Consumer engagement vital as ‘sheep now in control’

CONTENT and user engagement are key to driving a successful online marketing campaign in today’s dynamic digital media landscape, but local social media behaviour must also be taken into account, advise tourism marketing practitioners.

“The 60s-70s travel marketplace was so easy to work in, like pushing a flock of sheep through the door and repeating the process every year, but the Internet has completely changed the farm because the sheep are now in control,” said Damian Cook, founder & CEO at E-Tourism Frontiers, speaking at PATAcademy-HCD which takes place in Bangkok from June 17 to 20 (TTG Asia e-Daily, April 3, 2014).

Cook emphasised that technology and social media have given rise to user-driven business models and tilted the power balance in favour of the consumer, making information sharing and active engagement critical.

With one-seventh or 1.2 billion people estimated to be on Facebook, Cook urged travel marketers to think of the world’s biggest social network as a “potential source market”, alongside other social media platforms like YouTube, Twitter, Instagram, Pinterest and Vine.

Despite its widespread use, Facebook, however, does not equally apply across the world.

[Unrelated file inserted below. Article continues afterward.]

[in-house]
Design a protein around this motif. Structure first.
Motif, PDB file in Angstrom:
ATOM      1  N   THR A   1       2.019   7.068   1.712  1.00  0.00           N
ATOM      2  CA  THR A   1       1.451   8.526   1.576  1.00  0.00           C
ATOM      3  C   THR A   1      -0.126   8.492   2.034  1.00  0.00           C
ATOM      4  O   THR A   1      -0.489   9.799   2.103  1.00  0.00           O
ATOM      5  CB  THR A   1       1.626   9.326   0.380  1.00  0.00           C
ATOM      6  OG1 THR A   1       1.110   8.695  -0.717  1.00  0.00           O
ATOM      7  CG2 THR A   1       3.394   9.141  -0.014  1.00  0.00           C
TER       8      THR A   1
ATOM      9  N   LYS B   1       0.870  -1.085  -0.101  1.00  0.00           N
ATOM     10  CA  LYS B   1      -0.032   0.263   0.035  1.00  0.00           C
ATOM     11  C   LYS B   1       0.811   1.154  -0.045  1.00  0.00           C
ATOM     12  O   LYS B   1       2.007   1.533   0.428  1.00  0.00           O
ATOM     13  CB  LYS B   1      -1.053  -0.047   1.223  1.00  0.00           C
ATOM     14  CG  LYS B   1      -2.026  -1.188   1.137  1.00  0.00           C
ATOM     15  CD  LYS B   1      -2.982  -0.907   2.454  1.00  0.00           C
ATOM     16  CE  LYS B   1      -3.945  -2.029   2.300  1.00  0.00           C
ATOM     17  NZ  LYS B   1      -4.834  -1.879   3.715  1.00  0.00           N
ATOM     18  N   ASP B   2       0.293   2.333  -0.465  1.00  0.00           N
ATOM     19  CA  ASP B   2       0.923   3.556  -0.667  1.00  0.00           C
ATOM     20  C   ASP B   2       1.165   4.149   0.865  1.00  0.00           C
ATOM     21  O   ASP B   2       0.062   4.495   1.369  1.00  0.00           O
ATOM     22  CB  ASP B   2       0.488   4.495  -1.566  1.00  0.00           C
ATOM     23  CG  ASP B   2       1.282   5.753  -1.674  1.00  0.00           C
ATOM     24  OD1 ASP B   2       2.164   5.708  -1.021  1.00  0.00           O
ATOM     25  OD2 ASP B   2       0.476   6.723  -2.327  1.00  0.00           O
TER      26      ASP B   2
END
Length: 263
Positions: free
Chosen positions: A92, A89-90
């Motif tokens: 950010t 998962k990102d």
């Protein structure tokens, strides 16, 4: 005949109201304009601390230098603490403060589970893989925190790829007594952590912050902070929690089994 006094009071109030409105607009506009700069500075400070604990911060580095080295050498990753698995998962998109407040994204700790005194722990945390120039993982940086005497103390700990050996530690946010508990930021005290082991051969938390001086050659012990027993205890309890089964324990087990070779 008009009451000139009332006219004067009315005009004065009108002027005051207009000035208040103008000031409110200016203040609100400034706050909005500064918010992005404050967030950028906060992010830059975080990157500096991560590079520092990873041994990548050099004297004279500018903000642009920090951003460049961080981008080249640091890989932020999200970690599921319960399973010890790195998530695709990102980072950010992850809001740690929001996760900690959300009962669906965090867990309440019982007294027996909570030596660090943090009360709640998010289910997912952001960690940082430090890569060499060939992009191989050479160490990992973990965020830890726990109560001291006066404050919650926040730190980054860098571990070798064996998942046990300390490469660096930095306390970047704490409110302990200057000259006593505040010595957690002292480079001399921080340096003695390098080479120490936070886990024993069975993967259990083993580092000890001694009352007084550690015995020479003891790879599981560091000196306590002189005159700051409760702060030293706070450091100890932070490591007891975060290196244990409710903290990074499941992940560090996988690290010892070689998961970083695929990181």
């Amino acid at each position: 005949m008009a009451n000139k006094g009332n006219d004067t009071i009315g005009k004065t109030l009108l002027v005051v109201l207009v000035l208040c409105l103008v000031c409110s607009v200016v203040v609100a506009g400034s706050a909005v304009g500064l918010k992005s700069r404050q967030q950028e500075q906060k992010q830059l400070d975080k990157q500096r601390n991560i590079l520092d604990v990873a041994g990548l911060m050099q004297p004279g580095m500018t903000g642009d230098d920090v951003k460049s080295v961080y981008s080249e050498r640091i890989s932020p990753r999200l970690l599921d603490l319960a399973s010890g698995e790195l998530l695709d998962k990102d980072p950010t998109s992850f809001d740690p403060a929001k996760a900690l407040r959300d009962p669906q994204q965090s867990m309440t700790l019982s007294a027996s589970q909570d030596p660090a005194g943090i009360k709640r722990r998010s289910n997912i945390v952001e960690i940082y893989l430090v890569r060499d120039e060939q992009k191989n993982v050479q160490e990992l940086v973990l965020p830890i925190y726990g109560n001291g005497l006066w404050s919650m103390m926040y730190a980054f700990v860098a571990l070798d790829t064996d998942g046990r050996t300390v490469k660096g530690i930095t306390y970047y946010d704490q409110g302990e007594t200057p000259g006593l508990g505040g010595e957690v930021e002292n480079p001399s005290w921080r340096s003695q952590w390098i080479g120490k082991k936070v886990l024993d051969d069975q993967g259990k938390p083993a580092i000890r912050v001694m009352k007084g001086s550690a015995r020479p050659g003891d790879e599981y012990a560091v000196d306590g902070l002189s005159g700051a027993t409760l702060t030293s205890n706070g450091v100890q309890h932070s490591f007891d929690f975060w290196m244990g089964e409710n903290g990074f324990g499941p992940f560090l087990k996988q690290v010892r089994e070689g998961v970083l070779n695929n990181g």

Drawing attention to the popularity of different social networks in different countries – V Kontakte in Russia, for example – Jens Thraenhart, founder of Digital Innovation Asia, stresses the importance of “differentiating platforms for different markets” and “being locally relevant”.

Citing the example of China, where marketing potential is moving to second- and third-tier cities, Thraenhart commented: “China is probably the most complex market to market to…The rules of engagement on social media are different for Chinese versus Western travellers (TTG Asia e-Daily, May 27, 2014).”

He urged travel marketers to adopt a “dual strategy of clicks and bricks” to target Chinese travellers and singled singled out WeChat, which boasts 86 per cent of users based in China and a growing legion of some 40 million users overseas, as instrumental in communicating with Chinese consumers (TTG Asia e-Daily, May 28, 2014).

Its wide-ranging features, including text and hold-to-talk messaging, and photograph, video and location sharing, makes it ripe for suppliers to build applications to engage Chinese travellers.

When enquired if travel agencies have a harder time leveraging social media than DMOs and NTOs, E-Tourism Frontiers’ market development manager, Zeina Rifai, disagreed and urged travel consultants to instead build on their “brand awareness” to gain an upper hand over competitors by offering up-to-date news and insider knowledge to turn followers into loyal fans.

Read also
Content marketing key for travel businesses leveraging Google
Build your own online real estate

Sponsored Post